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Molecular, architectural and functional adaptations of skeletal muscle to power resistance exercise

H.K. Smith,1 Y. Zhang,1 R.G. Paul2 and M. Zügel,3 1Department of Exercise Sciences, The University of Auckland, Private Bag 92019, Auckland 1142, New Zealand, 2Department of Endocrinology, Waikato Hospital, Private Bag 3200, Hamilton 3240, New Zealand and 3Department of Internal Medicine, Division of Sports Medicine, University Hospital Ulm, Parkstraße 11, 89075, Ulm, Germany.

High-intensity resistance exercise training is prescribed to develop muscular strength and power and enhance athletic performance. Dynamic ‘power’ resistance exercise is characterized by complex, whole-body movements (e.g., jumping, pulling, lifting) and, by comparison with conventional ‘strength’ resistance exercise, is performed with moderate external loads at moderate to high velocities. While the functional performance benefits of power resistance training are well described, the events within muscle that lead to the observed adaptations are less understood. We sought to ascertain molecular, architectural and functional adaptations of skeletal muscle to power resistance exercise in healthy, athletic men. Of particular and ongoing interest was the potential relevance of proteins associated with titin in the sarcomere and having mechanical stress-sensing and/or gene regulatory roles in the heart and under pathological conditions (Kojic et al., 2011), in healthy and highly functional human skeletal muscle (Wette et al., 2013; Wette et al., 2015).

To target and elucidate the physiological responses and adaptations to power resistance exercise as practiced, we recruited 13 healthy males, aged 19-33 yr: of these, 8 were conventionally resistance trained (CRT, 80 ± 10 kg, 176 ± 5 cm) and 5 recreationally active, but not resistance trained (NRT, 76 ± 5 kg, 181 ± 3 cm). After initial in vivo muscle functional and architectural measurements, the CRT switched to prescribed and supervised power resistance training (PRT) exclusively for 7 wk, after which, as PRT they repeated, and the NRT completed, the same measurements. In addition, biopsy samples of m. vastus lateralis were obtained from participants after 3 days of no exercise (3d Rest) and 3h after 1.0h of modified (NRT) or 1.5h of maximal intensity (PRT) power resistance exercise (3h Post-Ex) with timed meals (4.4 MJ; 14% PRO, 27% FAT, 58% CHO) provided before and afterwards.

There were no differences (P > 0.05) between CRT and PRT in the maximal vertical ground reaction force (Fmax) during a maximal isometric front squat in parallel thigh position (Storey et al., 2012), whereas the rate of force development (RFD) within 151-250 ms of contraction onset was greater in PRT. The Fmax and mean Fmax of CRT and PRT greatly exceeded that of NRT. Maximal vertical jump height during countermovement, but not squat jumps, improved from CRT to PRT (7%). Both jump type heights were greater (19-38%) in CRT and PRT than NRT. Sagittal, B-mode ultrasound images of vastus lateralis (Storey et al., 2012) revealed a small (8%) mean increase in muscle thickness from CRT to PRT, and both were greater than NRT, whereas fascicle length and angle of pennation did not differ amongst the groups. The mRNA of muscle ankyrin repeat protein (MARP) family members Ankrd1/CARP and Ankrd2/ARPP, and CSRP3/muscle LIM protein (MLP), quantified by RT-qPCR, increased at 3h Post-Ex in NRT and PRT muscle, whereas Ankrd23/DARP, MuRF-1 and MyoD mRNA did not change. The increase in CARP in NRT was notably 10-fold that observed in PRT muscle. The exercise-induced changes in ARPP and MLP mRNA were not different between NRT and PRT (all ∼2-fold). In immunostained transverse cryosections of 3d Rest and 3h Post-Ex muscle examined by fluorescence microscopy, ARPP protein immunoreactivity (Proteintech 11821-1-AP) was evident in most/all Type I fibres, in ∼20% of Type IIA fibres, but no Type IIX fibres as identified by anti-myosin heavy chain (MHC) antibodies (DHSB). Immunoreactivity to anti-CARP antibodies (Proteintech 11427-1-AP) was evident in all, and only, Type I fibres. Both proteins appeared distributed across the cytoplasm/myofibrillar area of fibres with no overt differences between NRT and PRT and neither protein was detectable within myonuclei after 3d Rest or 3h Post-Ex. To provide further insight into these and other candidate mechano-sensing and signaling proteins, additional antibodies and methods are now being used. Collectively, these data provide evidence of the responses and adaptations particular to power resistance training as practiced by athletic individuals, and begin to substantiate and explain the effects of the exercise in enhancing muscular power.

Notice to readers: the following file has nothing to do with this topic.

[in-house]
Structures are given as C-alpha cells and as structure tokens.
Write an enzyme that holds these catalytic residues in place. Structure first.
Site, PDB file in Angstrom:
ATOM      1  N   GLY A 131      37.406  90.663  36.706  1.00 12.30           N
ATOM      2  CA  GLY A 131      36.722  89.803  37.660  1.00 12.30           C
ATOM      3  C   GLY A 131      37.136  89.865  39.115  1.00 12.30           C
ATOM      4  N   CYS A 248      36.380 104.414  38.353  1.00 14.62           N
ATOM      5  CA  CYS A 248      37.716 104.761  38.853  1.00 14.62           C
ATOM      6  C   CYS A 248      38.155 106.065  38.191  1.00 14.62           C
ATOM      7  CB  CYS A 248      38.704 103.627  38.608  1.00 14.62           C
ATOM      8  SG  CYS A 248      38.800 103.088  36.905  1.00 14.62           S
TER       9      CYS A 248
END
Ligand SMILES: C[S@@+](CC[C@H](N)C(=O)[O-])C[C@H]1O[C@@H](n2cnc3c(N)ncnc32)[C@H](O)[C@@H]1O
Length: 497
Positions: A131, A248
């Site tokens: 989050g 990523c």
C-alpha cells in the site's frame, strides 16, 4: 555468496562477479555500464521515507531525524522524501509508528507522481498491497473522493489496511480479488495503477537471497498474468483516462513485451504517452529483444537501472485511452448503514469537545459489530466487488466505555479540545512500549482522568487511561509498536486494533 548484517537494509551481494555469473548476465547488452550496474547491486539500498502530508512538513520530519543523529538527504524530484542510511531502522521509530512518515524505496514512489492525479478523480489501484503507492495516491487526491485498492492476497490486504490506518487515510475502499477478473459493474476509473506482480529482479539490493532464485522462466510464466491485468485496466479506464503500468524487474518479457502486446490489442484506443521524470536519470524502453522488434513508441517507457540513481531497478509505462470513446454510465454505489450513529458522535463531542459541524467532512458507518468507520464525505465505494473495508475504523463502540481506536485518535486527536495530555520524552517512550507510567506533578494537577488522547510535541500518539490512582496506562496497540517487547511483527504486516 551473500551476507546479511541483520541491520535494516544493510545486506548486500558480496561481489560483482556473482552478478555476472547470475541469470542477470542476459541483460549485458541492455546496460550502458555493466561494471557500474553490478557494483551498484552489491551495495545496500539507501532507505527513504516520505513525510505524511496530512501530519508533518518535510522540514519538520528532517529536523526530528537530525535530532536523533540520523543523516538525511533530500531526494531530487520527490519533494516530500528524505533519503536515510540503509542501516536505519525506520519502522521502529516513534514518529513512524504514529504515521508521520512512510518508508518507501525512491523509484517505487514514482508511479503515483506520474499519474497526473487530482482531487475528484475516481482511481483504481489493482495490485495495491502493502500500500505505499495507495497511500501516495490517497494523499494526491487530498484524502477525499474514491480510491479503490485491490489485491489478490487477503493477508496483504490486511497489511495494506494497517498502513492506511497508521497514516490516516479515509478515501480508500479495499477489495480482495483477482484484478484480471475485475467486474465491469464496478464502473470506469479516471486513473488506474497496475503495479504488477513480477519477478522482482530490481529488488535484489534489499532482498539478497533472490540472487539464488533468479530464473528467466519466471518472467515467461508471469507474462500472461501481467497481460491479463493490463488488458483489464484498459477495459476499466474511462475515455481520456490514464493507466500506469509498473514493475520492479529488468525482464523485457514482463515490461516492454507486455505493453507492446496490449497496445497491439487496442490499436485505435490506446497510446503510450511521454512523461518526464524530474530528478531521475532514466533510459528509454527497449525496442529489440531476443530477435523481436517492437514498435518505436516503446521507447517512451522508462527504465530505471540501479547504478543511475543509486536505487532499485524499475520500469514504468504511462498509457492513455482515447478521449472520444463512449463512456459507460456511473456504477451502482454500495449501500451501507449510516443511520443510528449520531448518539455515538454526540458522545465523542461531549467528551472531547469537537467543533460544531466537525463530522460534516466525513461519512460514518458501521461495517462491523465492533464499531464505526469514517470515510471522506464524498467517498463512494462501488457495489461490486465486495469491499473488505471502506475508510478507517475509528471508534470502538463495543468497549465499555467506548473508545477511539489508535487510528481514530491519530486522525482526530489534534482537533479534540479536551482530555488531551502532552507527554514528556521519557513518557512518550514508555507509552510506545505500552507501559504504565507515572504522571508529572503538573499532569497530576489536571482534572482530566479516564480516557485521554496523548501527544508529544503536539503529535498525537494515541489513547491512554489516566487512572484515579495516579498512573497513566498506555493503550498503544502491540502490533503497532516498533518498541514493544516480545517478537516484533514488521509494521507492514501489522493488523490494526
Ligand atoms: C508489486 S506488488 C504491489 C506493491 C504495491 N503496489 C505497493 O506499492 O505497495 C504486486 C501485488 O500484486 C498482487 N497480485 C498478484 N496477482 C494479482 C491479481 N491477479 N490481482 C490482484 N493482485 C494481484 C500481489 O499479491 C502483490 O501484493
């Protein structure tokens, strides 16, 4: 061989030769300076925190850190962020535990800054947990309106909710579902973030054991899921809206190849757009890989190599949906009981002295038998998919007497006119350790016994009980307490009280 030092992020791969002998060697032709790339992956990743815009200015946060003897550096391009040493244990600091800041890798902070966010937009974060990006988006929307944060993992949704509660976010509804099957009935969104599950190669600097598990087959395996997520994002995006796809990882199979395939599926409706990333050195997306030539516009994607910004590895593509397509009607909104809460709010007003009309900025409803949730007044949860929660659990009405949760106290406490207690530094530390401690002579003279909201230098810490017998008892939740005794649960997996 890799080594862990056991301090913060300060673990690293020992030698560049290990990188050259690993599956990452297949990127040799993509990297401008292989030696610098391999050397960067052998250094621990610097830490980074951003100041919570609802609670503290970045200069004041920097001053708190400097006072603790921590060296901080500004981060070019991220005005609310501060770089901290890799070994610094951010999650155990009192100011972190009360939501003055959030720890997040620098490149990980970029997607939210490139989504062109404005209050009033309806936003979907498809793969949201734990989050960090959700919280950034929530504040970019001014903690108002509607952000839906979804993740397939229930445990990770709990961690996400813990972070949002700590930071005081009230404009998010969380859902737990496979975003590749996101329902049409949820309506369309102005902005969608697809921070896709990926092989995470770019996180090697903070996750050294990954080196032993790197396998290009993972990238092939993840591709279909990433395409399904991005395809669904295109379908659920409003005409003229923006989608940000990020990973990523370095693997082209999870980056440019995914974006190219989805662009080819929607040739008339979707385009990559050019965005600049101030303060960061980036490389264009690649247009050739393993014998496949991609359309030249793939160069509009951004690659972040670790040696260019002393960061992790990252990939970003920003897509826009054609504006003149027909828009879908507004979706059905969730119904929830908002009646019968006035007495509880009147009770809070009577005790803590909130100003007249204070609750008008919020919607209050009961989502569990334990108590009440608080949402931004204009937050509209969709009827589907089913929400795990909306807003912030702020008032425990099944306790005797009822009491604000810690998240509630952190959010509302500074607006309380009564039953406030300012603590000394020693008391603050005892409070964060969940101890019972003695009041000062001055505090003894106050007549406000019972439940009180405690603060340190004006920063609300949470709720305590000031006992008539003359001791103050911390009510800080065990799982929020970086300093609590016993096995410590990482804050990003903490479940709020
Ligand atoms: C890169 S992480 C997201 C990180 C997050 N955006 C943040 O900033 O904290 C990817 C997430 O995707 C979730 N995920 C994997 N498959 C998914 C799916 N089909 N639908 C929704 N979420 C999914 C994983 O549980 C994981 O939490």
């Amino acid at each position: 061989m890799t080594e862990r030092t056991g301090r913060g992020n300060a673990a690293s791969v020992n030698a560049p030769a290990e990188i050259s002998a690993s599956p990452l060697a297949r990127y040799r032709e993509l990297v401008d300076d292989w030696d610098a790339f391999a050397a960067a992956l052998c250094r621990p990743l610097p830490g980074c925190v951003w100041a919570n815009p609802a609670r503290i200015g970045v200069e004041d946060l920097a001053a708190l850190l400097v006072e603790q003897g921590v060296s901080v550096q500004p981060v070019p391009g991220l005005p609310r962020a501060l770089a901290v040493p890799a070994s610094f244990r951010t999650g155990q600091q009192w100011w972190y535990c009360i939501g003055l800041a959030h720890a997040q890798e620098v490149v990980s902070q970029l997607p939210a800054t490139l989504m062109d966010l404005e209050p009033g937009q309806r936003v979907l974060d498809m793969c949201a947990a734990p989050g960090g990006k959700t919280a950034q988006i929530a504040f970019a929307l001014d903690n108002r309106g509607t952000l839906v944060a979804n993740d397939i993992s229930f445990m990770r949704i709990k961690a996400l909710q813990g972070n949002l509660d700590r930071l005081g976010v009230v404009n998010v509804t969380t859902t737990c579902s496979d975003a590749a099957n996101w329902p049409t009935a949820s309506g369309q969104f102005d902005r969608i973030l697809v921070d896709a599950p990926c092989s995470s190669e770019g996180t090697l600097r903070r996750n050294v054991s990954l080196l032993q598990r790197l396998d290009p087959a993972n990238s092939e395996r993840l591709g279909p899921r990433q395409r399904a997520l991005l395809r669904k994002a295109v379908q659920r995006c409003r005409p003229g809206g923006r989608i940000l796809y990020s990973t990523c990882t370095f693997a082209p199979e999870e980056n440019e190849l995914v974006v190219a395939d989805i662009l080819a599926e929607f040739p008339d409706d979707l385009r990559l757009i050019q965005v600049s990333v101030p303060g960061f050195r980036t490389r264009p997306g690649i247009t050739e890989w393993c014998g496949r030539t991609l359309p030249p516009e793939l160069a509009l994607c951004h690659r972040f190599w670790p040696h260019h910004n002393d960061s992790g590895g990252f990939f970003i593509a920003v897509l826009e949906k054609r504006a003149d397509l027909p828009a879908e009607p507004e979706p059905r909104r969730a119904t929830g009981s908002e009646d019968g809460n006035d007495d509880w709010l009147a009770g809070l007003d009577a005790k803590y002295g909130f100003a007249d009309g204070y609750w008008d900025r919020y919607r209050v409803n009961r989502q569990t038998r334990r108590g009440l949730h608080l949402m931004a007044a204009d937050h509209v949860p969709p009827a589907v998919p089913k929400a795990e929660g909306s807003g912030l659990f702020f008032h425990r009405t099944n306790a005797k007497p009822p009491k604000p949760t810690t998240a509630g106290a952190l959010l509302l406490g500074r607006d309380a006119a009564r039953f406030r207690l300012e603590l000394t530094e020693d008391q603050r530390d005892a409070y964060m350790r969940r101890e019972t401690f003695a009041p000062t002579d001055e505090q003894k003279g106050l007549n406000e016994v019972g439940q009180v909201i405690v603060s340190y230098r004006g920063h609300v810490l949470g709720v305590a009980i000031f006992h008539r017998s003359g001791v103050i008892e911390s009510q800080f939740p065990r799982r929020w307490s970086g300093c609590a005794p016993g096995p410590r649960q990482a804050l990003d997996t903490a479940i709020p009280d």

Kojic S, Radojkovic D, Faulkner G. (2011) Crit Rev Clin Lab Sci 48, 269-94.

Storey A, Wong S, Smith HK, Marshall P. (2012) Eur J Appl Physiol 112, 3629-39.

Wette SG, Murphy RM, Smith HK. (2013). Proc Aust Physiol Soc 44, 86P.

Wette SG, Smith HK, Lamb GD, Murphy RM. (2015). Proc Aust Physiol Soc 46, 81P.